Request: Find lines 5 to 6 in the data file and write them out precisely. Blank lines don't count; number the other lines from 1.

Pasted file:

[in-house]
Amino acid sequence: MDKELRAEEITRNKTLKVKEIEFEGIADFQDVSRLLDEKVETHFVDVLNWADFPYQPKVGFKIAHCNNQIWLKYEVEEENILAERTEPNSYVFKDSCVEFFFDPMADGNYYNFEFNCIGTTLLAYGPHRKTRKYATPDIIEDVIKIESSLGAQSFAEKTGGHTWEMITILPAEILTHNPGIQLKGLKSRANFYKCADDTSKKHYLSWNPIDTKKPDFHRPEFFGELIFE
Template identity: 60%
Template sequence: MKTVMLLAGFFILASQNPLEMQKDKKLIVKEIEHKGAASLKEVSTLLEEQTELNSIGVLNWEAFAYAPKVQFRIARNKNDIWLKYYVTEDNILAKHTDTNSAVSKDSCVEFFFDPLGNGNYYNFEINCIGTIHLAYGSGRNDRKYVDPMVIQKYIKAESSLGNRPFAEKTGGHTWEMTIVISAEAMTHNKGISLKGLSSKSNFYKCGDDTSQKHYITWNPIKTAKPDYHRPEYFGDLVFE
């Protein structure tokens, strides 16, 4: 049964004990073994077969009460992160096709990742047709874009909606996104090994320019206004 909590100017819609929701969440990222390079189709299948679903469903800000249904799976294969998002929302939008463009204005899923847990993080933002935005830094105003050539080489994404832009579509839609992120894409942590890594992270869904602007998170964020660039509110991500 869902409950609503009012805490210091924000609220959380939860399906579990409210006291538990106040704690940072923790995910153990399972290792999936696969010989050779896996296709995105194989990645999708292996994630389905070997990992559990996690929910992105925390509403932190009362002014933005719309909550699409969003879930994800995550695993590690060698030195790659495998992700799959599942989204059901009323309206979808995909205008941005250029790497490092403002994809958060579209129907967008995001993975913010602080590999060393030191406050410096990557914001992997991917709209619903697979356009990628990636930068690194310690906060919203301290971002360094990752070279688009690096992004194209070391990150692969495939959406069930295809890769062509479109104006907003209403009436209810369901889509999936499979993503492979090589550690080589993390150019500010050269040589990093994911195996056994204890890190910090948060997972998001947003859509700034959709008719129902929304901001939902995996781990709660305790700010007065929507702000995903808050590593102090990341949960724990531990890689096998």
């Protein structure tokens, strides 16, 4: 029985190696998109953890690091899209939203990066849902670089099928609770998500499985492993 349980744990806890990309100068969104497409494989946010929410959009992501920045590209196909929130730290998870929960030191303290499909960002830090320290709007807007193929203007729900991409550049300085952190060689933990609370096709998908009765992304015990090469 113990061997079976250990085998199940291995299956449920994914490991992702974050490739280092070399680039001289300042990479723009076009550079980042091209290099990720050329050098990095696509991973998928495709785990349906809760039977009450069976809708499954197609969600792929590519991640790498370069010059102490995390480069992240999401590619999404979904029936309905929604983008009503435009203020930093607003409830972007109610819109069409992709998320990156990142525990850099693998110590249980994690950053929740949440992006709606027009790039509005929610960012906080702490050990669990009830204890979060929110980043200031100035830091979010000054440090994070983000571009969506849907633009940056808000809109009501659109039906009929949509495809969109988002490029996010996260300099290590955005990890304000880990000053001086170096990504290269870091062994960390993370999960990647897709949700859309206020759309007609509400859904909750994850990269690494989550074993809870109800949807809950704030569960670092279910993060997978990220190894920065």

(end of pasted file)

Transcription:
């Protein structure tokens, strides 16, 4: 049964004990073994077969009460992160096709990742047709874009909606996104090994320019206004 909590100017819609929701969440990222390079189709299948679903469903800000249904799976294969998002929302939008463009204005899923847990993080933002935005830094105003050539080489994404832009579509839609992120894409942590890594992270869904602007998170964020660039509110991500 869902409950609503009012805490210091924000609220959380939860399906579990409210006291538990106040704690940072923790995910153990399972290792999936696969010989050779896996296709995105194989990645999708292996994630389905070997990992559990996690929910992105925390509403932190009362002014933005719309909550699409969003879930994800995550695993590690060698030195790659495998992700799959599942989204059901009323309206979808995909205008941005250029790497490092403002994809958060579209129907967008995001993975913010602080590999060393030191406050410096990557914001992997991917709209619903697979356009990628990636930068690194310690906060919203301290971002360094990752070279688009690096992004194209070391990150692969495939959406069930295809890769062509479109104006907003209403009436209810369901889509999936499979993503492979090589550690080589993390150019500010050269040589990093994911195996056994204890890190910090948060997972998001947003859509700034959709008719129902929304901001939902995996781990709660305790700010007065929507702000995903808050590593102090990341949960724990531990890689096998």
């Protein structure tokens, strides 16, 4: 029985190696998109953890690091899209939203990066849902670089099928609770998500499985492993 349980744990806890990309100068969104497409494989946010929410959009992501920045590209196909929130730290998870929960030191303290499909960002830090320290709007807007193929203007729900991409550049300085952190060689933990609370096709998908009765992304015990090469 113990061997079976250990085998199940291995299956449920994914490991992702974050490739280092070399680039001289300042990479723009076009550079980042091209290099990720050329050098990095696509991973998928495709785990349906809760039977009450069976809708499954197609969600792929590519991640790498370069010059102490995390480069992240999401590619999404979904029936309905929604983008009503435009203020930093607003409830972007109610819109069409992709998320990156990142525990850099693998110590249980994690950053929740949440992006709606027009790039509005929610960012906080702490050990669990009830204890979060929110980043200031100035830091979010000054440090994070983000571009969506849907633009940056808000809109009501659109039906009929949509495809969109988002490029996010996260300099290590955005990890304000880990000053001086170096990504290269870091062994960390993370999960990647897709949700859309206020759309007609509400859904909750994850990269690494989550074993809870109800949807809950704030569960670092279910993060997978990220190894920065």